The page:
Driver constantly explores new grounds as an actor which helps him to surprise his audiences with the roles he never played before. Him getting a major part in a Leos Carax film shows that he’s now getting the attention of non-American auteurs and more interesting roles might be on the road. “Annette”, judging from the audience reviews, is not for everyone. It’s a dark, surreal musical overall. But chances are, you might still admire or respect it even if you won’t end up loving it.
2. Benedict Cumberbatch – The Power of the Dog / Electrical Life of Louis Wain
There was a lot of Benedict this year. He’s in the new “Spider-Man” movie and one of his films “The Mauritanian” was part of an awards season but if we have to be objective, he wasn’t that good in it. It felt like a caricature but you can easily forgive him since he delivered his perhaps best film performance ever in Jane Campion’s gorgeously shot “The Power of the Dog”. There had been some kind of theatricality in Benedict’s acting and here we can see some of it but yet this time it enriches the performance. You keep wondering what’s the true nature of this man and what is he hiding inside. He plays a fascinating, complex man who is also arguably one of the most tragic figures of the cinema of recent years. The film itself is a near-masterpiece and is even more focused than the already great novel. Campion’s directorial skills are full-on display here.
Cumberbatch, however, had another role this year in “Electrical Life of Louis Wain’. Maybe it’s not a stretch for him because he’s known for playing tortured genius figures but seeing it after “The Power of the Dog” feels different this time. Here he’s a deeply sensitive man, so unlike of his “Power” character and more likable person. Once again he’s constantly interesting to watch. The film itself is a warm tribute to its subject and Cumberbatch brings enough gentleness to the story.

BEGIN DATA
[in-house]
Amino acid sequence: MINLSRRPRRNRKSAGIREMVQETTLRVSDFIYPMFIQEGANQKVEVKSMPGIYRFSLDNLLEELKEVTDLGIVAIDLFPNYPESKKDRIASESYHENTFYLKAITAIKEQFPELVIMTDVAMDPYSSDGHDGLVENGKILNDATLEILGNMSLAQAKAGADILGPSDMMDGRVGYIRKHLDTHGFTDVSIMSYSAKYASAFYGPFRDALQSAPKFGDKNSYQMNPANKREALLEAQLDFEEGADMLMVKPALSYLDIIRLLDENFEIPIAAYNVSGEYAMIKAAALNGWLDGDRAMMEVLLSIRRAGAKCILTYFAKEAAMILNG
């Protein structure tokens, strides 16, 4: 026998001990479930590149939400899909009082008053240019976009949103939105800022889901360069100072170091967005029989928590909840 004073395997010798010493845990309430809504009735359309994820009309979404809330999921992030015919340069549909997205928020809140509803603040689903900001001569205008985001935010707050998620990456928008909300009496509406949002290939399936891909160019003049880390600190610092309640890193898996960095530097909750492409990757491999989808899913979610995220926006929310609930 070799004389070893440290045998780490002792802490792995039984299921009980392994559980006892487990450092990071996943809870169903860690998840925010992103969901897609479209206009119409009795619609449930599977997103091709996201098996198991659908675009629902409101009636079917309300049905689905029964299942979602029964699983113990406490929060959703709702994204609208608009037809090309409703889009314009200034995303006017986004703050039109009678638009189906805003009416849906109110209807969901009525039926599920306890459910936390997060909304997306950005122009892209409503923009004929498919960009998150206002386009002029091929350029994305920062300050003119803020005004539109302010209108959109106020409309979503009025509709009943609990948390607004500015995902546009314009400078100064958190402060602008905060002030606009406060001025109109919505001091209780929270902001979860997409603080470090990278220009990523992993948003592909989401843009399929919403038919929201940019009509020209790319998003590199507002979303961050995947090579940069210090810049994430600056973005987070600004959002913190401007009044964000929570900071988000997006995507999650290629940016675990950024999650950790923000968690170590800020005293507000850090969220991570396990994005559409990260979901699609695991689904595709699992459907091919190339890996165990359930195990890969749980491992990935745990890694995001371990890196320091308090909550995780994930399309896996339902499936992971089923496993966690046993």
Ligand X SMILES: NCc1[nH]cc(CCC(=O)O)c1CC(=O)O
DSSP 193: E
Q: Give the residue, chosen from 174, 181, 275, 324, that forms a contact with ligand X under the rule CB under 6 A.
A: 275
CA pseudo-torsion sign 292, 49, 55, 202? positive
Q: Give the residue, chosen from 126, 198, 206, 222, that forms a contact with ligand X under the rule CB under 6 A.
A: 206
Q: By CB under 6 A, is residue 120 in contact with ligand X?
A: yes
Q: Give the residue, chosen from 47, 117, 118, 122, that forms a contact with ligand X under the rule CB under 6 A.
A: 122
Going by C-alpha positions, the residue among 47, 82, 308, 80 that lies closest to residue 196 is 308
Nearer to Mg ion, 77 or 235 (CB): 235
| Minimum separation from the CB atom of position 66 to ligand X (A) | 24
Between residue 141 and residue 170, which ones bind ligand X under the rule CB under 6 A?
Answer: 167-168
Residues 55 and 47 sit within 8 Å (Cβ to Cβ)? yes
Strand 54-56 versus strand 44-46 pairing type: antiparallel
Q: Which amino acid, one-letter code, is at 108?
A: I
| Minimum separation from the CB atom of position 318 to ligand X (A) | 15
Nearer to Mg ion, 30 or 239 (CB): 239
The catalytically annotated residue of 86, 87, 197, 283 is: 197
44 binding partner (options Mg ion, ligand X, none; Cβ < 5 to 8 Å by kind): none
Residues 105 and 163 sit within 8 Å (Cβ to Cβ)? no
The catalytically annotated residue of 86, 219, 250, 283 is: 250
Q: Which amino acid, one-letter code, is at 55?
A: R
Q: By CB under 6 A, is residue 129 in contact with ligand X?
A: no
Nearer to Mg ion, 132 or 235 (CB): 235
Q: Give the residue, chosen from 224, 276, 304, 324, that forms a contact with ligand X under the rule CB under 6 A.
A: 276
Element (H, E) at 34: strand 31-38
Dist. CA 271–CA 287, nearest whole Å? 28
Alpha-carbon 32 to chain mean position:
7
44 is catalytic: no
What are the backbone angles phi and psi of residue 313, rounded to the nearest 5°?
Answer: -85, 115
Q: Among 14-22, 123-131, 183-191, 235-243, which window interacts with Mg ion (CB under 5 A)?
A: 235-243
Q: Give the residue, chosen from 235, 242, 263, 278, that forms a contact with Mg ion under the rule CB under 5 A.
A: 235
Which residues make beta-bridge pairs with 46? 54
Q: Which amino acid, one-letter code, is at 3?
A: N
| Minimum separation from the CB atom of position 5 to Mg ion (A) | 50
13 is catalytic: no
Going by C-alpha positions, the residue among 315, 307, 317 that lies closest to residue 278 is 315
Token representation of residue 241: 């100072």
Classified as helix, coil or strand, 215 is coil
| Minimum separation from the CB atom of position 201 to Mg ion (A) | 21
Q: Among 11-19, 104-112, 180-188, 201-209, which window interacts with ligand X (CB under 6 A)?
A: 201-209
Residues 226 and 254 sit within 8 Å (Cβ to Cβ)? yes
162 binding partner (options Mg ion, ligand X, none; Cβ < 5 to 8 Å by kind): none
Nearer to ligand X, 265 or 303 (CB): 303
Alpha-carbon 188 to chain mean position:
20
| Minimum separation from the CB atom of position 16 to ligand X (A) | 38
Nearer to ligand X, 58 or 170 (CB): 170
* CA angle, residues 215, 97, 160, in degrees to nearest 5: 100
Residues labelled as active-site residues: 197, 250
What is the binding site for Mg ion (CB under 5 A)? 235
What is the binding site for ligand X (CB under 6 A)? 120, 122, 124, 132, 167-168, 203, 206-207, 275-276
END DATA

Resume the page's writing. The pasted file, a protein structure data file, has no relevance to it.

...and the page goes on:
1. Charlotte Rampling – Benedetta / Dune
Ranked this high because that’s what the legends deserve. This year saw the premieres of her next collaboration with Francois Ozon as well as the drama “Juniper” and she’s got praised for both but two of her films got a major distribution around the world: “Dune” and “Benedetta”. The former has become almost a worldwide sensation. Yes, it should’ve done better at the box office but it’s certainly one of the most discussed films of the year and when the next chapter comes up, this will build even a bigger audience. It’s perhaps the best science fiction film of the year. And the latter is a Paul Verhoeven movie. The legendary filmmaker loves to give us highly entertaining films with unpredictable storylines with original characters told with the right dose of satire.
“Benedetta” is also a type of film she wouldn’t ever be afraid of saying “yes”. This is the woman who rose to fame with “The Night Porter” overall. In “Benedetta”, she’s everything. She’s charismatic and scary in one scene, and heartbreakingly sad in another one, and a totally confused woman in a different sequence. She even elevates the script and brings so much more to her character. Paul Verhoeven is an excellent actor’s director and no wonder he used Rampling’s incredible talents so well in his deliciously fun film which is also full of thought-provoking themes.
In “Dune”, she appears in Gom Jabbar sequence and she just makes the scene. Her voice, her eyes even behind the veil easily haunt you. You don’t have to see her face clearly to know what she feels and why she acts this way. This is just another testament to her talent that one scene is enough for her to leave a great impression. The same goes for “Benedetta”. Efira is brilliant in the lead role but there’s no way you watch and think Rampling was less impressive.
Here honorable mentions should be gone to her “Dune” co-stars: Oscar Isaac (amazing in “The Card Counter”) and Timothee Chalamet who gave a great lead performance in “Dune” and was also good in “The French Dispatch” but they didn’t appear on the list to not repeat the same films over and over again. And another reason is it made sense to honor this legend more who at the age of 75, still delivers great work in great films. She should get more recognition for that.